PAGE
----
11. Sawyers, C. (2004). Targeted Cancer Therapy. Nature Publishing Group, 432, 294-298. doi:10.1007/springerreference_138011
  12. Morris, L. G., & Chan, T. A. (2014). Therapeutic targeting of tumor suppressor genes. Cancer, 121(9), 1357-1368. doi:10.1002/cncr.29140
  13. Iqbal, N., & Iqbal, N. (2014). Imatinib: A Breakthrough of Targeted Therapy in Cancer. Chemotherapy Research and Practice, 2014, 1-9. doi:10.1155/2014/357027
  14. Chen, Y., & Fu, L. (2011). Mechanisms of acquired resistance to tyrosine kinase inhibitors. Acta Pharmaceutica Sinica B, 1(4), 197-207. doi:10.1016/j.apsb.2011.10.007
  15. Eskazan, A., & Tiribelli, M. (2018). Allogeneic Haematopoietic Stem Cell Transplantation for Chronic Myeloid Leukaemia in the Era of Tyrosine Kinase Inhibitors. EMJ Hematology, 6(1), 63-70. Retrieved October 05, 2018.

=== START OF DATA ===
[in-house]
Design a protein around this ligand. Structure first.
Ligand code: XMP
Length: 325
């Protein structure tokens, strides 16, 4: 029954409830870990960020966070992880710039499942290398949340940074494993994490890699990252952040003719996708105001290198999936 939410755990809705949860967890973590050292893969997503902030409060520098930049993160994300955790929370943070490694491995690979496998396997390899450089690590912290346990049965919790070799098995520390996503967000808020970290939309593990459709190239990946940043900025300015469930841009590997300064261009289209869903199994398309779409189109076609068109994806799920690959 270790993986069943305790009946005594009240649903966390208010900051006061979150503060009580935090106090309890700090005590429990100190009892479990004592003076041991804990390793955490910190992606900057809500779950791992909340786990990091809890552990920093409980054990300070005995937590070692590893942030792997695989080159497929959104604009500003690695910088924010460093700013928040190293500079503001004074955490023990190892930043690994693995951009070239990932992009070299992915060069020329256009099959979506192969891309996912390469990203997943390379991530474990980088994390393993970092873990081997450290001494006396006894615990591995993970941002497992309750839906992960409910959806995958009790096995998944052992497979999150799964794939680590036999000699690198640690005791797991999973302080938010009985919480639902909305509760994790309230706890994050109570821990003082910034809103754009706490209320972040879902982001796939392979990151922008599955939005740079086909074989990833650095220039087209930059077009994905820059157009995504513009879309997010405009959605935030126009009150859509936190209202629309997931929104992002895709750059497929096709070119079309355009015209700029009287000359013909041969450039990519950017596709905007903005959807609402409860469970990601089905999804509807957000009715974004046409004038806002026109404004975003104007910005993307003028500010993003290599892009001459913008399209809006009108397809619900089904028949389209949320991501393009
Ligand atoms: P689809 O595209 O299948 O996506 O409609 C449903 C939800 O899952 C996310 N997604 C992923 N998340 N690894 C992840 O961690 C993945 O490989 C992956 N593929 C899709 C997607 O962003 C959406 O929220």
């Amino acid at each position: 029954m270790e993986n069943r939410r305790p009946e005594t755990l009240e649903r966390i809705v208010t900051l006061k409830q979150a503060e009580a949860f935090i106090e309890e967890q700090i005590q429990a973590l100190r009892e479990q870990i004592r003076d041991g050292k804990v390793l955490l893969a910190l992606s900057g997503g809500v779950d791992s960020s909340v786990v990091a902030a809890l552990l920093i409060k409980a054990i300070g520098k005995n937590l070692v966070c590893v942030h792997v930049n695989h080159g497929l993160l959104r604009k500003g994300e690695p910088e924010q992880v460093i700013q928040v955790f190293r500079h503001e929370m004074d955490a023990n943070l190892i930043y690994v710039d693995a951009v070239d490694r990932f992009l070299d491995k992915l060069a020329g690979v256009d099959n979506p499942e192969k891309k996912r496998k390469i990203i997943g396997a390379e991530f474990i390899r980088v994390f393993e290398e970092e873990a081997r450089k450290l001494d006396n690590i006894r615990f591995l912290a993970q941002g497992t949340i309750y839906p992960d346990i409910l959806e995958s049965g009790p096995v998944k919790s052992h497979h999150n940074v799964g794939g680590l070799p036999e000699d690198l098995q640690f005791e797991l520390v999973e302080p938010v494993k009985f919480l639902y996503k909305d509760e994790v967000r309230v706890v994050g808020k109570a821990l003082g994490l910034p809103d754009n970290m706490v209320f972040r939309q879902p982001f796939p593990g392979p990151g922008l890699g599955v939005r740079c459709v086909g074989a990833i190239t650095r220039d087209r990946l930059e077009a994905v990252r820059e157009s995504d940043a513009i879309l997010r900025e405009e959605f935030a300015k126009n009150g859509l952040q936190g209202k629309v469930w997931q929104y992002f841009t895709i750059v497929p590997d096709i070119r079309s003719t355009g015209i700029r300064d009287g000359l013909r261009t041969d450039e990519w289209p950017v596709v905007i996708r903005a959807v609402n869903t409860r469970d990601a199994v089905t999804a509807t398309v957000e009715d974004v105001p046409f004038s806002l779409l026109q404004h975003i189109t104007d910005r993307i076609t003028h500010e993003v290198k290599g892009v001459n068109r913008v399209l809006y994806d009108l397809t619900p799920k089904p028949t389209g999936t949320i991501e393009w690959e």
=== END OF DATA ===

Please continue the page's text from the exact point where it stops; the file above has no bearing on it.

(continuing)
Cite This Work

To export a reference to this article please select a referencing stye below:

Reference Copied to Clipboard.
Reference Copied to Clipboard.
Reference Copied to Clipboard.
Reference Copied to Clipboard.
Reference Copied to Clipboard.
Reference Copied to Clipboard.
Reference Copied to Clipboard.

Related Services

View all

DMCA / Removal Request

If you are the original writer of this essay and no longer wish to have the essay published on the UK Essays website then please: